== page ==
Subsequently in Step 182, the remaining deductible amount is decremented by the amount paid by the participant for the prescription drug. Alternatively, if the copayment amount is greater than or equal to the remaining deductible (Step 178), then the total cost register is incremented by the remaining deductible in Step 184, and the remaining deductible register is set at zero in Step 186. At Step 188 if the index number of the prescription drug under consideration is not equal to p, the index number of the last prescription drug on the participant's usage list, then the processing continues at Step 158 to consider the next prescription drug on the participant's list. Conversely, if the index number of the prescription drug for which computation has just completed is equal to p, the last number on the participant's prescription drug list, the processing proceeds to Step 190 wherein the total cost to this participant is compared to the stop-loss amount of the plan, if applicable. As is know by those skilled in the art, stop loss is a feature of some benefit plans which provides an upper limit of out-of-pocket expenses for the participant. Thus, if the participant's cost has reached the maximum expenditure level, beyond which the plan sponsor bears all costs, the total cost is maximized at the stop loss amount.
At Step 192, the total cost is incremented by the amount of annual fixed contributions required to be paid under the plan under consideration. At the completion of the process in Step 194, the total cost to the participant under the given plan is output.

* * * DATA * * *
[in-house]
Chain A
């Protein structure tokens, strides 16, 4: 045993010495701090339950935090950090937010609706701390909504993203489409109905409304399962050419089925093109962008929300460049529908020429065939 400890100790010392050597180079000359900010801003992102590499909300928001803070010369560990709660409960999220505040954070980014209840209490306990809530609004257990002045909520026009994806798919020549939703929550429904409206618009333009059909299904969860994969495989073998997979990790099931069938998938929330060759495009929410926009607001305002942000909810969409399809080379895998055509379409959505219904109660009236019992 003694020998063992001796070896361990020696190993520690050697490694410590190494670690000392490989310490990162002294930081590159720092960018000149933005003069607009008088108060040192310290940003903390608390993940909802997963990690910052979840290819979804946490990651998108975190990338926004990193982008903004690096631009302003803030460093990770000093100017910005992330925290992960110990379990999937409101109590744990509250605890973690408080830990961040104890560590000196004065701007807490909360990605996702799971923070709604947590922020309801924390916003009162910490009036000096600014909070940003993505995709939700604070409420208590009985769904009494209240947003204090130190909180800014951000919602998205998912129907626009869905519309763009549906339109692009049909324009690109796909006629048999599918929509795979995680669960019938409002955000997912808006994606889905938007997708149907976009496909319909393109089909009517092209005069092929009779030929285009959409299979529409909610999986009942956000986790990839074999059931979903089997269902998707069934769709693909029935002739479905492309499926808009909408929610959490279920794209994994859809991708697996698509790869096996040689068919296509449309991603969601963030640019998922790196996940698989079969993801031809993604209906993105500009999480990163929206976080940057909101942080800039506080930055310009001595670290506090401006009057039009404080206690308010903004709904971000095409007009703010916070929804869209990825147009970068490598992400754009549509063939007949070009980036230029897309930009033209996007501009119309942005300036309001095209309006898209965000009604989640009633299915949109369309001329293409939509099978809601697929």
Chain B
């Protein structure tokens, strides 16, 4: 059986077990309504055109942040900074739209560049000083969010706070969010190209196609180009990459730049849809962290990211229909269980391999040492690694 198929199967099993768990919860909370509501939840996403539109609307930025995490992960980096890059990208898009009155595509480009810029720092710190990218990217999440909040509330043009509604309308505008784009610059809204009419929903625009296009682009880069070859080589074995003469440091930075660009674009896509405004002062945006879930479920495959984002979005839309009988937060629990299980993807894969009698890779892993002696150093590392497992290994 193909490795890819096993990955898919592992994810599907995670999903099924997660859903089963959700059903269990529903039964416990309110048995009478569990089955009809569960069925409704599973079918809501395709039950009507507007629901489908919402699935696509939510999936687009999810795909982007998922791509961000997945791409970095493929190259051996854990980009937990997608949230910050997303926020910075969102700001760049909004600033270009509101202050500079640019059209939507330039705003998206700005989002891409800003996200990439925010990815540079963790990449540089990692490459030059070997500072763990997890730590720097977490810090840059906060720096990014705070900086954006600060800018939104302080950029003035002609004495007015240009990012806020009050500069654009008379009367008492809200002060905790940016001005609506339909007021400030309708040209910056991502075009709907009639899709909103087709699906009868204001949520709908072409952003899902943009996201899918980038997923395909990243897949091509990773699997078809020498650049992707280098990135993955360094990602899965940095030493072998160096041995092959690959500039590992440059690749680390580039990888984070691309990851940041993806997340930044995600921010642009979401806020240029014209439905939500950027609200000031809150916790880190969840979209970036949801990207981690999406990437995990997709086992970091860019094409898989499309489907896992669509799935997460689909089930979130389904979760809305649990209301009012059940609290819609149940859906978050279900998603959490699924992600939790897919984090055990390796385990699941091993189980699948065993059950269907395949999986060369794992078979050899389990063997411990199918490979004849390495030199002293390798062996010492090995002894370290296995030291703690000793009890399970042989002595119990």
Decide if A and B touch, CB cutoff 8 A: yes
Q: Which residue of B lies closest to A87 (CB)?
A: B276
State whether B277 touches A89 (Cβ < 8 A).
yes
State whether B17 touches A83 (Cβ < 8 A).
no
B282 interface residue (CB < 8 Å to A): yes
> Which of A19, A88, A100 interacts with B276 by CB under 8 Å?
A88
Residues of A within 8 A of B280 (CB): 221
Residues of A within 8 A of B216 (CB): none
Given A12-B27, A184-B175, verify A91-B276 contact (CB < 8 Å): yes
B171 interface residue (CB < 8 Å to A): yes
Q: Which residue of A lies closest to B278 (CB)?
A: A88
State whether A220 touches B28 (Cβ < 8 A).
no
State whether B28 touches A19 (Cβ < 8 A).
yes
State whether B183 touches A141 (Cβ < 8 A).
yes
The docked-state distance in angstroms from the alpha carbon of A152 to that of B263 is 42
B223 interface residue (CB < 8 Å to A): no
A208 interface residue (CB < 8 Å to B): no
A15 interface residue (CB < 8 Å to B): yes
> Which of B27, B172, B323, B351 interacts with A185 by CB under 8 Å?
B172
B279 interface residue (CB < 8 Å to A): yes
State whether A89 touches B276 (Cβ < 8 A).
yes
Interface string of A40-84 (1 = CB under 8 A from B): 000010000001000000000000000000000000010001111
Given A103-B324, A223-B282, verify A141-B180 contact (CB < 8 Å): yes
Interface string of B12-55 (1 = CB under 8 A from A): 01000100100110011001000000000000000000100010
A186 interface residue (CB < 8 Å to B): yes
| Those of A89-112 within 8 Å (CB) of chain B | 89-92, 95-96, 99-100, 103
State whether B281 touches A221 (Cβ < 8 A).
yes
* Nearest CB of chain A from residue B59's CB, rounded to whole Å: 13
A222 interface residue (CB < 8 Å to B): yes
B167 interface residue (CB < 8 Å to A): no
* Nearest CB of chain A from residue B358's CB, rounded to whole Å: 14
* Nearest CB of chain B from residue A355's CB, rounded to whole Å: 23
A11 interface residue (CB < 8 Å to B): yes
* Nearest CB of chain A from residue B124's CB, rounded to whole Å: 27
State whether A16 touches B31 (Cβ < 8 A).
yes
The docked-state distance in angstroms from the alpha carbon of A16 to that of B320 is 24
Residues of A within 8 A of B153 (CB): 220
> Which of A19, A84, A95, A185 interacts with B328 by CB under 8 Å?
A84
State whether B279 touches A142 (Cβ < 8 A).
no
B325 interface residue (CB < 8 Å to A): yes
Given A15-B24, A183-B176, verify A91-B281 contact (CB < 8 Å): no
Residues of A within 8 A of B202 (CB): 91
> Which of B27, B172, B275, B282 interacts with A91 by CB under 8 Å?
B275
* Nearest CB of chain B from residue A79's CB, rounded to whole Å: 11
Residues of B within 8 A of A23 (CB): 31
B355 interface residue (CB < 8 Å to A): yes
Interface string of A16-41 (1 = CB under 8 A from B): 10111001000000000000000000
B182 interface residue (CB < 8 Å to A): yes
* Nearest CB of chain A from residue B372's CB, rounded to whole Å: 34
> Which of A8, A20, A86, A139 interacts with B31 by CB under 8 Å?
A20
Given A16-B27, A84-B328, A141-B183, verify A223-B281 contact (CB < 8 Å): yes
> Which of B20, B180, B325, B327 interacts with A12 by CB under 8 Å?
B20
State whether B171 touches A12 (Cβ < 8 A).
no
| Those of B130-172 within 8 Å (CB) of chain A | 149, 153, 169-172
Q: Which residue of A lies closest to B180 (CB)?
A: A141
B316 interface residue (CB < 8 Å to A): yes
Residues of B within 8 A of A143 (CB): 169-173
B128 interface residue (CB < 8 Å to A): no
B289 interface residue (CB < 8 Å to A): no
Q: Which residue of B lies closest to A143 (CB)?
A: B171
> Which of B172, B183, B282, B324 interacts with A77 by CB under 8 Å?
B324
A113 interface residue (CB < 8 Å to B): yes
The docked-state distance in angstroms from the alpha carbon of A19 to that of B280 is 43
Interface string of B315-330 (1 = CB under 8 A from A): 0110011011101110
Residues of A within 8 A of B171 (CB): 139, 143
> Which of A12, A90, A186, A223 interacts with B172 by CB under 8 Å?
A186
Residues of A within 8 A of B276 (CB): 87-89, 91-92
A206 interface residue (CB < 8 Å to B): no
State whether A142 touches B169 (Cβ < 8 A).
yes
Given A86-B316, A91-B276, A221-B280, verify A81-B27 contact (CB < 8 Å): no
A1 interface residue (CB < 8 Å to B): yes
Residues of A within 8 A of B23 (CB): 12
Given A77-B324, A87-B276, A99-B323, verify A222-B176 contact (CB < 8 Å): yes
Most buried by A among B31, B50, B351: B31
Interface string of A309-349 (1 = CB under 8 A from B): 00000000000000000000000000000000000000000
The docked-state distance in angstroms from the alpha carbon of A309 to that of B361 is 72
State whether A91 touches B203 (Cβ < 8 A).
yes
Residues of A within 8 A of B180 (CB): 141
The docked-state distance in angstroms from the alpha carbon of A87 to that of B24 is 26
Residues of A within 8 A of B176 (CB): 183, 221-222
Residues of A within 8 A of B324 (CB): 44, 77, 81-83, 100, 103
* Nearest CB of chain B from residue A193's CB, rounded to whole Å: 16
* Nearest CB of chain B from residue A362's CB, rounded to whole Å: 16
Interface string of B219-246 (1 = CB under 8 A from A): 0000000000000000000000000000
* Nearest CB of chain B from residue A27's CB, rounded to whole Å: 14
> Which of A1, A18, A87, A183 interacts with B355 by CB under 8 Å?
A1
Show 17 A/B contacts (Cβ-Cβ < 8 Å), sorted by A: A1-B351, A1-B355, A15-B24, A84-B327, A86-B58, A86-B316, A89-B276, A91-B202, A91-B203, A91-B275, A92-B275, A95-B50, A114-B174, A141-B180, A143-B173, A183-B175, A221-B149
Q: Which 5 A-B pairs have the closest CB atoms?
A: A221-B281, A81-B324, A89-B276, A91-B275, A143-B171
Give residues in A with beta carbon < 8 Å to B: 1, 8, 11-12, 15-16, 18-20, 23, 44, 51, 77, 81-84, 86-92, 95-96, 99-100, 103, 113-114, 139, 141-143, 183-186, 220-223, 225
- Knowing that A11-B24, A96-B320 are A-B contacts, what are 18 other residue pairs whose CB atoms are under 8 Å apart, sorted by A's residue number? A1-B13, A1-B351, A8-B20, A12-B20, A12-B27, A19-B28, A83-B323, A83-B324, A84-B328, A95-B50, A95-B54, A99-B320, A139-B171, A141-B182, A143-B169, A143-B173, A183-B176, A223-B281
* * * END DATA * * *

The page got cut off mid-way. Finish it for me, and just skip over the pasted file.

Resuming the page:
The process outlined in
While preferred embodiments of the invention and preferred methods of practicing the same have been shown and described herein, persons of ordinary skill in the art will recognize and appreciate that the invention encompasses and includes numerous modifications and variations thereto without departing from the spirit and scope of the present invention. In addition, it should be understood, and persons of ordinary skill in the art will recognize, that aspects of the various preferred embodiments discussed herein may be interchanged or eliminated both in whole or in part. Furthermore, those of ordinary skill in the art will appreciate the foregoing description is by way of example only, and does not and is not intended to limit the scope, nature and/or variations of the invention.
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|International Classification||G06Q10/06, G06Q30/02, G06Q40/00|
|Cooperative Classification||G06Q40/08, G06Q10/1057, G06Q10/06, G06Q30/0283|
|European Classification||G06Q10/06, G06Q40/08, G06Q30/0283|
|Apr 12, 2012||AS||Assignment|
Owner name: EXPRESS SCRIPTS, INC., MISSOURI
Free format text: ASSIGNMENT OF ASSIGNORS INTEREST;ASSIGNORS:MELNICK, STEVE;REY-GIRAUD, AGNES;REEL/FRAME:028034/0458
Effective date: 20010501
|Nov 23, 2015||FPAY||Fee payment|
Year of fee payment: 4